Advances in Wearable Medical Devices

A MediSurge graphic summarizing the main point of the blog post.


Medical devices come in all shapes and sizes, and they’re constantly adapting to better serve patients. Perhaps one of the most noticeable types of medical devices are the ones that are worn on the human body.

Over the past few years, this category has grown exponentially to include items that most people interact with on a daily basis. Our team took a look at some of the most commonly used and recognized wearable devices, along with possibilities for where this technology might be headed.

Fitness Trackers

If you walk into most offices in America, you’re bound to see multiple people wearing some sort of fitness device, and they are probably having weekly competitions to see who has the most steps. A few decades ago, these were restricted only to pedometers, but now it’s common to see devices that can track steps, diet, and more.

While the effectiveness of these devices is up for debate, their popularity is staggering. In fact, they’ve become so intrinsic to many people’s lives that they’ve become fashion accessories as well as devices.

As this technology becomes more advanced, it continues to collect important data that could be used to improve the tech. In the future, this may be used to monitor other health conditions, such as sleep apnea. Once these advances are made, they’ll blur the line between this category and the next.

Health Monitors

Some wearable medical devices are intended to monitor certain aspects of health, including heart rate, blood pressure, sleeping patterns, and more. These are useful for conditions that require constant monitoring, like some forms of diabetes.

These can be incredibly important for gathering data that may otherwise only be collectable in a hospital setting or at a medical practice. These allow for more advanced preventative and reactive responses to fluctuations in biometrics.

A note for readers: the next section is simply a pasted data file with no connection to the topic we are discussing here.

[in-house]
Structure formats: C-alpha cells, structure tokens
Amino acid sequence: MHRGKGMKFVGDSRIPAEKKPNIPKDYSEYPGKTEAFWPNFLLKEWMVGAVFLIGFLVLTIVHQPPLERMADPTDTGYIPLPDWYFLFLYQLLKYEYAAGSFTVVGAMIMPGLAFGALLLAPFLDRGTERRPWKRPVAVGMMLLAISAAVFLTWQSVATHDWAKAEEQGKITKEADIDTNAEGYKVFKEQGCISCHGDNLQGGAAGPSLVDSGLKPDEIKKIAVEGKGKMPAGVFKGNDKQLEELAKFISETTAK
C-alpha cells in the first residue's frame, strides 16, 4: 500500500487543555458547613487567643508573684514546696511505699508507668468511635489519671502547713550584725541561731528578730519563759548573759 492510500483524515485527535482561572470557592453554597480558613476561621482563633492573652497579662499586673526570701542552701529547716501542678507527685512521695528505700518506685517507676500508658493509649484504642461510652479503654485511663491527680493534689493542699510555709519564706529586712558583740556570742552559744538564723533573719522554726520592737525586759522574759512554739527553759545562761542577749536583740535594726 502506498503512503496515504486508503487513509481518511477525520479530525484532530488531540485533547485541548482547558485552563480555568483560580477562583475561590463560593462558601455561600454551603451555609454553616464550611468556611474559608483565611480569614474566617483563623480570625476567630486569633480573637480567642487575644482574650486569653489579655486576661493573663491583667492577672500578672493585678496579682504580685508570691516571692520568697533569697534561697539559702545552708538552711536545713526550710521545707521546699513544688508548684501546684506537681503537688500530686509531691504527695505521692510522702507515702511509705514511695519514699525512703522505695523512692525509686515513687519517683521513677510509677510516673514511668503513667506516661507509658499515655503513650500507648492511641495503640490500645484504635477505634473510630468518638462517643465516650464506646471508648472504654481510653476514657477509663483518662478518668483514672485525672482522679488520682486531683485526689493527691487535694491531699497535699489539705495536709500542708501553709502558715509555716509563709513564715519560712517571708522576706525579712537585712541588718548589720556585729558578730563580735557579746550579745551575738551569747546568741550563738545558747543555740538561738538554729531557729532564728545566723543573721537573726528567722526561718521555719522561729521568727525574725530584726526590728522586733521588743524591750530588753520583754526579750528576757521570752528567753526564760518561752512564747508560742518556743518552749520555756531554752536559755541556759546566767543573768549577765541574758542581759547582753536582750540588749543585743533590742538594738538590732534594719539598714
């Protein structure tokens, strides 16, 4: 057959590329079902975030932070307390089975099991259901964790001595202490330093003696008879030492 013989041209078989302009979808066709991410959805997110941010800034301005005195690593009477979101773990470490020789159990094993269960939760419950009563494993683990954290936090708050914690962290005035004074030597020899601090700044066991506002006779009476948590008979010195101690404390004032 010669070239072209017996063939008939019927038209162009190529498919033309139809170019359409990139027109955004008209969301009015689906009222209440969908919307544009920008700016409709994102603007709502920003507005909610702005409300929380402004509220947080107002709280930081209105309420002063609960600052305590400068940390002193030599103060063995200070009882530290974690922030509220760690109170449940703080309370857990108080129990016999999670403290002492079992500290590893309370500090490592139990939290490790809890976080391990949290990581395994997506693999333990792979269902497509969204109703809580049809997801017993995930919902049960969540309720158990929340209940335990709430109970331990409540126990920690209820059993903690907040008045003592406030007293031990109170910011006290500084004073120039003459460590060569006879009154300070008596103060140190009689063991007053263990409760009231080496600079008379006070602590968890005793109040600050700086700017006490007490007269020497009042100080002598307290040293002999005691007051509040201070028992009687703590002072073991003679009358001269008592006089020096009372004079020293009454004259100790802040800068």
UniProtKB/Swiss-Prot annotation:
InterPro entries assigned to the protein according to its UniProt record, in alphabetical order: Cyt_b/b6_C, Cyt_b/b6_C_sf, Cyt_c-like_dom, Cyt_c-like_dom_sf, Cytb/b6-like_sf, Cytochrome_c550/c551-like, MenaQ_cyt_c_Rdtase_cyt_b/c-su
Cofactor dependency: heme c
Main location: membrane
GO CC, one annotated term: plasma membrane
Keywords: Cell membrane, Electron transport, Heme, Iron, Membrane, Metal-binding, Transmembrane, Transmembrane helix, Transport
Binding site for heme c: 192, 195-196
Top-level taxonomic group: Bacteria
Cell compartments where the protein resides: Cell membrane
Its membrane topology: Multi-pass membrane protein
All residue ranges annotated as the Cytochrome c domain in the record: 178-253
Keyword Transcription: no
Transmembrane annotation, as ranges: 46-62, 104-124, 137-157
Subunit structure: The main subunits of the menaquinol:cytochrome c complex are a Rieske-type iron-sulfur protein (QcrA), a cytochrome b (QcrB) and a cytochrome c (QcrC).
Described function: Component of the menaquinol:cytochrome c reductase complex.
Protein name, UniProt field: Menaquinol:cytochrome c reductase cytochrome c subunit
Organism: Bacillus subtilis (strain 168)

Wearable monitors aren’t limited to the above categories, either. This tech is being developed to be used in place of traditional scanning and diagnosing systems. In the future, patients may not need to undergo tests like MRIs because of wearable monitoring advances.

Other Wearable Devices

Medical devices are being made into wearables to help treat, diagnose, and prevent many other conditions. Breakthroughs in technology have allowed for wearable dialysis, sweat monitors, and more.

As medical researchers continue to develop more impactful technology, wearable medical devices will become more and more common in our day-to-day lives. It’s no wonder why, since they provide a level of autonomy and freedom that was impossible for many patients before. In many cases, wearable medical devices can improve patient care, which is essential to our industry.

Are you ready to work with a company that can help you design and create the medical devices of tomorrow? Reach out to us. We’d love to talk.

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